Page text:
Monday, August 1, 2011

No proposal from brokers to reinstate margin trading - SEC

Sri Lanka’s Securities and Exchange Commission (SEC) on Friday said it had been given no proposal by brokerages to withdraw a plan to end margin trading by the year’s end, which has frustrated brokers by dampening trading volumes and prices.

Market speculation that the SEC may ease up the restriction drove the Colombo Stock Exchange up by 6.8 percent in four sessions this week, from a 7-month-low that also saw it dip into negative growth on the year for the first time since 2008.

Seven stockbrokers from different trading houses told Reuters on condition of anonymity that 26 of Sri Lanka’s 28 brokerages on Monday gave a proposal to the SEC requesting among other things, a reversal of the margin phase-out.

“We have not still got any request coming from anyone,” SEC Director General Malik Cader told Reuters. “I have not got any proposals.”

However, a senior official of the Colombo Stockbrokers Association on Friday confirmed the proposal had been submitted, and the official said the SEC had given signs it would review it with an open mind.

“We from the association have submitted the proposal, requesting mainly to ease the credit rules,” the official told Reuters on condition of anonymity. “There is no confirmation that they will agree to all our proposals.”

Sri Lanka’s relatively small bourse was Asia’s top performer in 2009 and 2010, gaining 341 percent since Jan. 1, 2009, when it was clear the government would win a 25-year civil war.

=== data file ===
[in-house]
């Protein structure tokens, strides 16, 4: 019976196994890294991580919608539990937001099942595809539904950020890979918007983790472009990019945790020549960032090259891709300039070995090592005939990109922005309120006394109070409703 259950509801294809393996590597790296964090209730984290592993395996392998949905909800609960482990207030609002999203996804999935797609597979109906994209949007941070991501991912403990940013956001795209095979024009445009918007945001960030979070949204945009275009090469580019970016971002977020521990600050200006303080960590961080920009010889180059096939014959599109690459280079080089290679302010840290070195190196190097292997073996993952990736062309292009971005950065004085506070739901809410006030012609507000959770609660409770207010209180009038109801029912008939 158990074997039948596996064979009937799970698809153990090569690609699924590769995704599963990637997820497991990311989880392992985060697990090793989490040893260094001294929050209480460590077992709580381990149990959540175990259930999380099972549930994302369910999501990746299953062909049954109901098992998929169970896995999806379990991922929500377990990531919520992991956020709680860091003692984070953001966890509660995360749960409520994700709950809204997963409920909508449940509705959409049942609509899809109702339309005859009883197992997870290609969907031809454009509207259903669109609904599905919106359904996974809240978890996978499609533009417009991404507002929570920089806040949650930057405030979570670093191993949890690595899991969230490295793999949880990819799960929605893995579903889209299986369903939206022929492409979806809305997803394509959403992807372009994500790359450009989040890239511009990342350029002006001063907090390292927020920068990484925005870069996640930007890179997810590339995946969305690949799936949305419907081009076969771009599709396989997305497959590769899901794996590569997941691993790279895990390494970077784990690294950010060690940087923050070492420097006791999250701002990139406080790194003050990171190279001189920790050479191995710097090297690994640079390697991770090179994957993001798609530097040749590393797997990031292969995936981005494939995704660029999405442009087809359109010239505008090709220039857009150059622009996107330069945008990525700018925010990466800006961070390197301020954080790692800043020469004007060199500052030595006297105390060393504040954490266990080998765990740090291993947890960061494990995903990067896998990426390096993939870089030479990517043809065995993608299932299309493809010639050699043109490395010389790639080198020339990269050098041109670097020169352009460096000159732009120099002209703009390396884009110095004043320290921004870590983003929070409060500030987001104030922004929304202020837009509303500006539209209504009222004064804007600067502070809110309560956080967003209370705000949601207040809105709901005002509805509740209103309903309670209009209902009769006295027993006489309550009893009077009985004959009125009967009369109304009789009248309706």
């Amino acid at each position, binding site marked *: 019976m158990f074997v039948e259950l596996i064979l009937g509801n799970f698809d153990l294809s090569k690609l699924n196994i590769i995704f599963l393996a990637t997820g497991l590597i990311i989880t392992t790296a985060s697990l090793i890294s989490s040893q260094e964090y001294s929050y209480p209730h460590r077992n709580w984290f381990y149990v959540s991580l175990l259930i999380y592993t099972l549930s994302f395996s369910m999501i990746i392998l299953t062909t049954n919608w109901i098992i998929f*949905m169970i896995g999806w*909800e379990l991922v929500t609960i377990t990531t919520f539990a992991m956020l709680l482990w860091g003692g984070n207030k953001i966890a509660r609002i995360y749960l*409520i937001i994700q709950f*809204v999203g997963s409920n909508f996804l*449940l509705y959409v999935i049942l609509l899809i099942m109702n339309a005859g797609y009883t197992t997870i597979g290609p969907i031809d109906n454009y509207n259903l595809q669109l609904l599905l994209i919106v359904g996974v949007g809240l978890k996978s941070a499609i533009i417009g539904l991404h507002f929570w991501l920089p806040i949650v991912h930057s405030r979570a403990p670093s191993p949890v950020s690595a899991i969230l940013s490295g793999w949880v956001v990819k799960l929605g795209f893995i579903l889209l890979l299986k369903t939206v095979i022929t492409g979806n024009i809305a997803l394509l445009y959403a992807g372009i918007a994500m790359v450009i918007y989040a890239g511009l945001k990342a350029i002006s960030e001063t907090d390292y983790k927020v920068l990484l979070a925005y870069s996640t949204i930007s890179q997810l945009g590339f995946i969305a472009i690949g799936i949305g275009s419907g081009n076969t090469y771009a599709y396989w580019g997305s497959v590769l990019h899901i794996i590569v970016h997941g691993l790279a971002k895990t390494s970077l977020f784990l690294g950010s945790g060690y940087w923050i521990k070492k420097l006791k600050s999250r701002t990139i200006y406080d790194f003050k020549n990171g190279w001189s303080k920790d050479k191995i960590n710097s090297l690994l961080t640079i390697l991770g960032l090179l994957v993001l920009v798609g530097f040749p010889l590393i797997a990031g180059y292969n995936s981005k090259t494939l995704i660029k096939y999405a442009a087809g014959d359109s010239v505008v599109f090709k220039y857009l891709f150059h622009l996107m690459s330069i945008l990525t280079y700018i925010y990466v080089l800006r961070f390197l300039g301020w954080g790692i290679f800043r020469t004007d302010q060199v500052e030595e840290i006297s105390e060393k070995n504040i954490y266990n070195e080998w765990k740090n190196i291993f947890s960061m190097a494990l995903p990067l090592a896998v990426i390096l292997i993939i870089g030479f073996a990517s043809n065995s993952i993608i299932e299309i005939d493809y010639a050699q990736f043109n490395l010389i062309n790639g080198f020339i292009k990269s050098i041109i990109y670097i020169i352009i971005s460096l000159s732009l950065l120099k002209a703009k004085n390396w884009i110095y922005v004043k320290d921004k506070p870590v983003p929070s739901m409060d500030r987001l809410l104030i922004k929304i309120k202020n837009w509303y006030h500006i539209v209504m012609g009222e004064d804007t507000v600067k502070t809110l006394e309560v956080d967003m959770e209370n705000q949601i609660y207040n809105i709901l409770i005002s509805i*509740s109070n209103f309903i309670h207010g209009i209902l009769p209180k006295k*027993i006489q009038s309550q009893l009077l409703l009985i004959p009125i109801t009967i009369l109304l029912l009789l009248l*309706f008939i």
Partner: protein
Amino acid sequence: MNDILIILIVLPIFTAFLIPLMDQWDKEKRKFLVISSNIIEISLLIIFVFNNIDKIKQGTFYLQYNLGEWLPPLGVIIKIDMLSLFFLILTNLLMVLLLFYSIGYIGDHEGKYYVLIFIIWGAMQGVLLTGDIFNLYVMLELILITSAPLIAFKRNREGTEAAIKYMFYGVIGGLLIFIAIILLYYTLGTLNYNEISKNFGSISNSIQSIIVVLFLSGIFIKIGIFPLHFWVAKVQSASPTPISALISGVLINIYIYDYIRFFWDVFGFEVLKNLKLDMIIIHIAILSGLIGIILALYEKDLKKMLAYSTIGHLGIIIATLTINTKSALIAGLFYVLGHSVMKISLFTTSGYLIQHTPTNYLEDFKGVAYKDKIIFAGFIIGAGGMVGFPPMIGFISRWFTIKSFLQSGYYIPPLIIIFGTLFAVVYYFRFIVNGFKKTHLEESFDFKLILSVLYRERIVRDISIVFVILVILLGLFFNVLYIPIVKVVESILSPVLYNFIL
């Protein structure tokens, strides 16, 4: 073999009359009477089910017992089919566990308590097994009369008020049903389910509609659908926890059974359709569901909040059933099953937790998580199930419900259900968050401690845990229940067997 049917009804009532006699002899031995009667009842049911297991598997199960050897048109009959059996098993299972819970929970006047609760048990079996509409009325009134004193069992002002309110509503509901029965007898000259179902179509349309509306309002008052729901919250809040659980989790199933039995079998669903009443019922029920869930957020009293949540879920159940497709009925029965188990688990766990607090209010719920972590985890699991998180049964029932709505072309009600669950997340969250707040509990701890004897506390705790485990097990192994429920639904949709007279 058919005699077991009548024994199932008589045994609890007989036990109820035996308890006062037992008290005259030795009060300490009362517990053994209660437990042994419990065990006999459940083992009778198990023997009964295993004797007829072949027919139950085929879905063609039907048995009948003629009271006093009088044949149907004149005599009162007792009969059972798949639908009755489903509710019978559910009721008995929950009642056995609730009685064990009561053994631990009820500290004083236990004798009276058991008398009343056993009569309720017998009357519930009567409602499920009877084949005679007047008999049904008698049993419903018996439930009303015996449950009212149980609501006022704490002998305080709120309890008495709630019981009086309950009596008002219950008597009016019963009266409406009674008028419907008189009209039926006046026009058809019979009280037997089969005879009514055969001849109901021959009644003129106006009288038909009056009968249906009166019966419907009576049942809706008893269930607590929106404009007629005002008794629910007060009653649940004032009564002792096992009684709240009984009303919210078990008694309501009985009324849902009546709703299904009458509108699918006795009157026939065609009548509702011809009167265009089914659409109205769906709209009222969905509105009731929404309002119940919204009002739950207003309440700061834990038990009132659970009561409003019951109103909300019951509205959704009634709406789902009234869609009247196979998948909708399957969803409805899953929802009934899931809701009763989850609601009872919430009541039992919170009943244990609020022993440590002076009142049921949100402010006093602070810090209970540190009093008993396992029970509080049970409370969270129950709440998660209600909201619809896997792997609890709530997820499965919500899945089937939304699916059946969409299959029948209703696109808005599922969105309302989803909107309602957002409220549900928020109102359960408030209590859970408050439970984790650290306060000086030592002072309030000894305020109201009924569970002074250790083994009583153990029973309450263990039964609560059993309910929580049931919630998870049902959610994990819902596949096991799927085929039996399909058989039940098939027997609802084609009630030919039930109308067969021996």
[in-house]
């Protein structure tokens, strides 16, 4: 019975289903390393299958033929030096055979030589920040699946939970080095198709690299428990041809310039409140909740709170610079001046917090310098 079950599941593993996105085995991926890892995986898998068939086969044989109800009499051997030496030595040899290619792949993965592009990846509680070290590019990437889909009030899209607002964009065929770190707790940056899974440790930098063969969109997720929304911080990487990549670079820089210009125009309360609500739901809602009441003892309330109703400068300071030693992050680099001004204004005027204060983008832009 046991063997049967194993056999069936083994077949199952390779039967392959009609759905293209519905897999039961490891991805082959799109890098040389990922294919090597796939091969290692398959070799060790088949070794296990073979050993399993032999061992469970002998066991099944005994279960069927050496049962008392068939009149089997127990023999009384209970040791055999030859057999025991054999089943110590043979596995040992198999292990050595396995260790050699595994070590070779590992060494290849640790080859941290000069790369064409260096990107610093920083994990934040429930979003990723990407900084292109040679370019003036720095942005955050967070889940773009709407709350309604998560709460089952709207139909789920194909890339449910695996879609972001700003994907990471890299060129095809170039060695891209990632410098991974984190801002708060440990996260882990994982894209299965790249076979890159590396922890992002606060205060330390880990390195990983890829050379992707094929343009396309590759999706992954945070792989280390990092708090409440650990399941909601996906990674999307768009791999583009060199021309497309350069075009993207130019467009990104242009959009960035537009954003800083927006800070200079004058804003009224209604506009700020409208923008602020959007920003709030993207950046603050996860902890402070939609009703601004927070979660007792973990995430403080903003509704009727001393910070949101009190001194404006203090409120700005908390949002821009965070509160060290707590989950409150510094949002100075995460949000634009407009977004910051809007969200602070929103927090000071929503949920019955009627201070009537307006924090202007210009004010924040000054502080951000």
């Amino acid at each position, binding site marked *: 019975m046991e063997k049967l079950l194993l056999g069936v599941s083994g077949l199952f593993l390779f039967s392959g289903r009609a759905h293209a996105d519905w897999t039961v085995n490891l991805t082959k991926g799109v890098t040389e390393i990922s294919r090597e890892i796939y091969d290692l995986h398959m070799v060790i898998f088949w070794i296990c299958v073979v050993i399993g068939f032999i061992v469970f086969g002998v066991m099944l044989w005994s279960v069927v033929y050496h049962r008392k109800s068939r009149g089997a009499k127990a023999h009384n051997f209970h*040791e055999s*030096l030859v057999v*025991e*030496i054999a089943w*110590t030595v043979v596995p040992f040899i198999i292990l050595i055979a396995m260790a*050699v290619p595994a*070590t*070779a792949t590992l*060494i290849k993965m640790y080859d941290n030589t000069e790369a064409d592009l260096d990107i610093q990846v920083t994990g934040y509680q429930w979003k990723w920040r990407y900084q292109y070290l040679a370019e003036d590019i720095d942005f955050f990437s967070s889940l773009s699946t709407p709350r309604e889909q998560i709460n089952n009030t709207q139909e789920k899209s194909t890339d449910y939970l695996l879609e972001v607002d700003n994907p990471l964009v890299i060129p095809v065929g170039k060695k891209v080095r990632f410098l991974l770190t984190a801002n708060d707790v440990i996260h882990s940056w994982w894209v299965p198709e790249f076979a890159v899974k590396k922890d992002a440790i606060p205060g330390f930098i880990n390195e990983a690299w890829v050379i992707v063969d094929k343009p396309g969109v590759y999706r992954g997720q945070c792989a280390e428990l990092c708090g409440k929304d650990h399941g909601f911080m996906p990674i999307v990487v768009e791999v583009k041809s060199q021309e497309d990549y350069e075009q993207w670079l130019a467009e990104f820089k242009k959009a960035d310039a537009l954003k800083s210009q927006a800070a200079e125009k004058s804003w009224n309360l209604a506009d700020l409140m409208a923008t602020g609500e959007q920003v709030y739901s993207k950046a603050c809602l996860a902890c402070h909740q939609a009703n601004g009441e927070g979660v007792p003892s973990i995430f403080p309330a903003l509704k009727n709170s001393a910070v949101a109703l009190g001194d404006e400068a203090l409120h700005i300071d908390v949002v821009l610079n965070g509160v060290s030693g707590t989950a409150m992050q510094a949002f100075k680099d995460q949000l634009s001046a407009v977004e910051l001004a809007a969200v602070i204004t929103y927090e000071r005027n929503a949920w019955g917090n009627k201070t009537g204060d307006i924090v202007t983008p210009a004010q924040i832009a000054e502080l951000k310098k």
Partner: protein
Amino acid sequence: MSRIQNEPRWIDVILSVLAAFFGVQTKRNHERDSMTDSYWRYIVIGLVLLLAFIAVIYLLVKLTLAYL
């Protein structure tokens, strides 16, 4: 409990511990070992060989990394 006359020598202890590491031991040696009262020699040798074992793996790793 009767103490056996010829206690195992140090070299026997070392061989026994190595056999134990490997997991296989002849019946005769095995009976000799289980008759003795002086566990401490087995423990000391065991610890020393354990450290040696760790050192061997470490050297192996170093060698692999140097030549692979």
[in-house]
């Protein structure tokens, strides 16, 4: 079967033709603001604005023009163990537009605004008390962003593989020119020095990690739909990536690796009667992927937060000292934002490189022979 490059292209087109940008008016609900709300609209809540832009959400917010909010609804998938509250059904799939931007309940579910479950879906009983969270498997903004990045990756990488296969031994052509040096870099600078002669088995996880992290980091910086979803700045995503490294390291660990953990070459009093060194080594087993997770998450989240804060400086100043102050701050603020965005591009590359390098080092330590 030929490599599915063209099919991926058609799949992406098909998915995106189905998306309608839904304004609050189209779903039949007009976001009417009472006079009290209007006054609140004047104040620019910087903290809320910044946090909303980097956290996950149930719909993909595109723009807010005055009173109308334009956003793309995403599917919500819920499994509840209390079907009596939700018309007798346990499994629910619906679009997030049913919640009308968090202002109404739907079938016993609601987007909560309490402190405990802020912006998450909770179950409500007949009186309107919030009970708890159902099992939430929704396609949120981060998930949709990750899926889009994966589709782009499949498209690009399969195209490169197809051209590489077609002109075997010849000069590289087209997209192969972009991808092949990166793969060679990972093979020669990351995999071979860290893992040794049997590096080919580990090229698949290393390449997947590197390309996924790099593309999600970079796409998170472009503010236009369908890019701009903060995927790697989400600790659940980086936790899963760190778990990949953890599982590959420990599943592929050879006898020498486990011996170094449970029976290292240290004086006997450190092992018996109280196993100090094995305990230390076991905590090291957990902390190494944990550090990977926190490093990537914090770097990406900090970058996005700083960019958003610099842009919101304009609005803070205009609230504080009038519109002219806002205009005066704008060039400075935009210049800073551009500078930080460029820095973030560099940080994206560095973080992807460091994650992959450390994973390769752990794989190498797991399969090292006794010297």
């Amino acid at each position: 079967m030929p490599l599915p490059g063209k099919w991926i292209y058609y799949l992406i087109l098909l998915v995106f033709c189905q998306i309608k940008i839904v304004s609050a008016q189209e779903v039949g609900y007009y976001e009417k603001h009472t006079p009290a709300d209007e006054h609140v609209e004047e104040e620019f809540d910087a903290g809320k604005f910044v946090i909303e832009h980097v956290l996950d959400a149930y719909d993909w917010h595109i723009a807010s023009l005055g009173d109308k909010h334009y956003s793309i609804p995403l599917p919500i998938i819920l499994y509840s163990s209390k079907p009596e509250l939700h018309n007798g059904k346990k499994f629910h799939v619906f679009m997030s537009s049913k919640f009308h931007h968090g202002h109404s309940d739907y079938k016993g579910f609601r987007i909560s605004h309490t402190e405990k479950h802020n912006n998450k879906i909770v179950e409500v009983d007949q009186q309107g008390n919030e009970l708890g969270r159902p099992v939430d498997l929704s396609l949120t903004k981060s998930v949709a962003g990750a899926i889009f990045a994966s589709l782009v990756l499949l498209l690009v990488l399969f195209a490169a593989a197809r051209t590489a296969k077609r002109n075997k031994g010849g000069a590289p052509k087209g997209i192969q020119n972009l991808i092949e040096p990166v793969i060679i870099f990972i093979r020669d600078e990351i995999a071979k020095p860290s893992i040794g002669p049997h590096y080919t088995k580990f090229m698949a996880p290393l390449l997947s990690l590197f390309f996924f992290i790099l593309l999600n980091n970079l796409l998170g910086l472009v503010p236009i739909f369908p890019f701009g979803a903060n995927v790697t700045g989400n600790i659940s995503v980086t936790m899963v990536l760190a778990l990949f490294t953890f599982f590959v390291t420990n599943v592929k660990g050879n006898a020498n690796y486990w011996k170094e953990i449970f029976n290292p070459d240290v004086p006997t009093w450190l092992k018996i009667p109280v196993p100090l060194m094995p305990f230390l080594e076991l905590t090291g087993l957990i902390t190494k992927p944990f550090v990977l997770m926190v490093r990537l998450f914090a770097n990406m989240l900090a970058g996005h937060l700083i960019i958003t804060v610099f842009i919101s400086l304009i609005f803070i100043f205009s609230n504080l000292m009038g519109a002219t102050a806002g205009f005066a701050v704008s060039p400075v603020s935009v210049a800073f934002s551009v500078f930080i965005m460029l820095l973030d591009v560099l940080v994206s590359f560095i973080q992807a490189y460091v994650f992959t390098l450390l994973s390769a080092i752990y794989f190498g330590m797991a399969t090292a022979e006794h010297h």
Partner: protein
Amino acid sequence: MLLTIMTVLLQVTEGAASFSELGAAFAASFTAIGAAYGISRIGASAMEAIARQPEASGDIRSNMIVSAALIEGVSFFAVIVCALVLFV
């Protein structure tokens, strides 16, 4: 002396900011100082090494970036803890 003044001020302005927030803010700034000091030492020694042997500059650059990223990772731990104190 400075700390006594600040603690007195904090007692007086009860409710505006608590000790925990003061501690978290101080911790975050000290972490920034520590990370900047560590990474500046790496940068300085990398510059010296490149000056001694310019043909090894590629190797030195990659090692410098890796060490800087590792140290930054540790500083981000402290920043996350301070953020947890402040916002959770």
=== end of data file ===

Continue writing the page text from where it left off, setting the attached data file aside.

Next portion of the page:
That said, it has struggled to garner significant foreign investment, because it has few stocks with a large enough free float to entice outsiders and there is long-standing concern its regulation particularly over insider trading is lax.

So the SEC has increasingly tightened oversight, and that has met with resistance and outright criticism from the clubby bourse’s big players and brokers, who are used to a laissez-faire market.

All the brokers Reuters spoke to said with SEC’s phased-out of margin dealing and increased supervision of trading has stifled growth.

Many brokers blame the bourse’s flat run this year to the new strictures, which the proposal seeks to ease.
“We have requested the regulator to allow credit at least up to a limit where brokers have cash,” one broker said referring to a request in the proposal. (Reuters)

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